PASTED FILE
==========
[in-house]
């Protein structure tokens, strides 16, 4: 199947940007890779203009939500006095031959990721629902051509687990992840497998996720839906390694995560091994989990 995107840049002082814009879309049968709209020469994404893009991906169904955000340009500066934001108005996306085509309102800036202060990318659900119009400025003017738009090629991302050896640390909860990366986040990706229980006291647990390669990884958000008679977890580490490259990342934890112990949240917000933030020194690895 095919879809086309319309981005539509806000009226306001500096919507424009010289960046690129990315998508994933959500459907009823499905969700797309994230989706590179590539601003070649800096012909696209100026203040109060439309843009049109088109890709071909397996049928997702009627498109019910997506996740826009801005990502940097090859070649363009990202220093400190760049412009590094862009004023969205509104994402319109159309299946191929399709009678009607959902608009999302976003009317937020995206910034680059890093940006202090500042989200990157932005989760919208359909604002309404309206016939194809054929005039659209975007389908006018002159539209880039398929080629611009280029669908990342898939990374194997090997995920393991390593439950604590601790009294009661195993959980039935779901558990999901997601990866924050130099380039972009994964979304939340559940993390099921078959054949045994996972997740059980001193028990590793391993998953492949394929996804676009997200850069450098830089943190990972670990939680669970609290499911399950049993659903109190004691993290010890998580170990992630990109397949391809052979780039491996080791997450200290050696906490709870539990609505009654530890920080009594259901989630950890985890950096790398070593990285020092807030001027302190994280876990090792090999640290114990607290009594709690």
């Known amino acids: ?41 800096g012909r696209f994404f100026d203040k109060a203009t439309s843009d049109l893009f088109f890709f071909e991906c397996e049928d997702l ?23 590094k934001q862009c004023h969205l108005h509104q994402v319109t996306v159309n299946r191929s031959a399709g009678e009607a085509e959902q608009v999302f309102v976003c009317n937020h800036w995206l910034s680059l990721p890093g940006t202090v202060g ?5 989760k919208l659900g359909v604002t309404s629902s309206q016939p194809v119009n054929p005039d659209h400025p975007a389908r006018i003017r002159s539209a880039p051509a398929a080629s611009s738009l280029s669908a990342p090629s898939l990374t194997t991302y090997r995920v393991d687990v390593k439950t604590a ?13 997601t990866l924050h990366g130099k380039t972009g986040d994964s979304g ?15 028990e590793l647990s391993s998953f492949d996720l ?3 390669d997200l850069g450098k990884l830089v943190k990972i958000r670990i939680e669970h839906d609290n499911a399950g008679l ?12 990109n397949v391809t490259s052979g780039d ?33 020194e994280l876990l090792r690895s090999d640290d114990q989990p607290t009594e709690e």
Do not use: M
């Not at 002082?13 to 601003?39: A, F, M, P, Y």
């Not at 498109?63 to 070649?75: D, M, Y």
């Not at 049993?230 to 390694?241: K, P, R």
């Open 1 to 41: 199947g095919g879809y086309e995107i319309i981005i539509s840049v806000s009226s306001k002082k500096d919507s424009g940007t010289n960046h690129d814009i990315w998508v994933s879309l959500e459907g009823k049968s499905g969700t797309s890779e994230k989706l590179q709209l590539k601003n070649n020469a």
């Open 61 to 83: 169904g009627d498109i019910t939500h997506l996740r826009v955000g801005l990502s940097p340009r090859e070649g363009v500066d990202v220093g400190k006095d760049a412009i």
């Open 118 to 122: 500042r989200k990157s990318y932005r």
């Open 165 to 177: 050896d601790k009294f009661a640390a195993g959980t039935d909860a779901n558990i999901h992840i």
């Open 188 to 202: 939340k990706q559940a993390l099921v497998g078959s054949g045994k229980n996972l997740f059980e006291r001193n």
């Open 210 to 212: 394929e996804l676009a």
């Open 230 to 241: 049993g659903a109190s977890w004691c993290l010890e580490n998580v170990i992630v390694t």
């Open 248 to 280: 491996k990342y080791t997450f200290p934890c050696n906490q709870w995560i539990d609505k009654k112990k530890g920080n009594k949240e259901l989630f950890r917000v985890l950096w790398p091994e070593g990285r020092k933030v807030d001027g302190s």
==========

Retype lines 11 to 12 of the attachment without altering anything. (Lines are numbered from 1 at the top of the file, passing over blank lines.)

């Open 165 to 177: 050896d601790k009294f009661a640390a195993g959980t039935d909860a779901n558990i999901h992840i």
């Open 188 to 202: 939340k990706q559940a993390l099921v497998g078959s054949g045994k229980n996972l997740f059980e006291r001193n």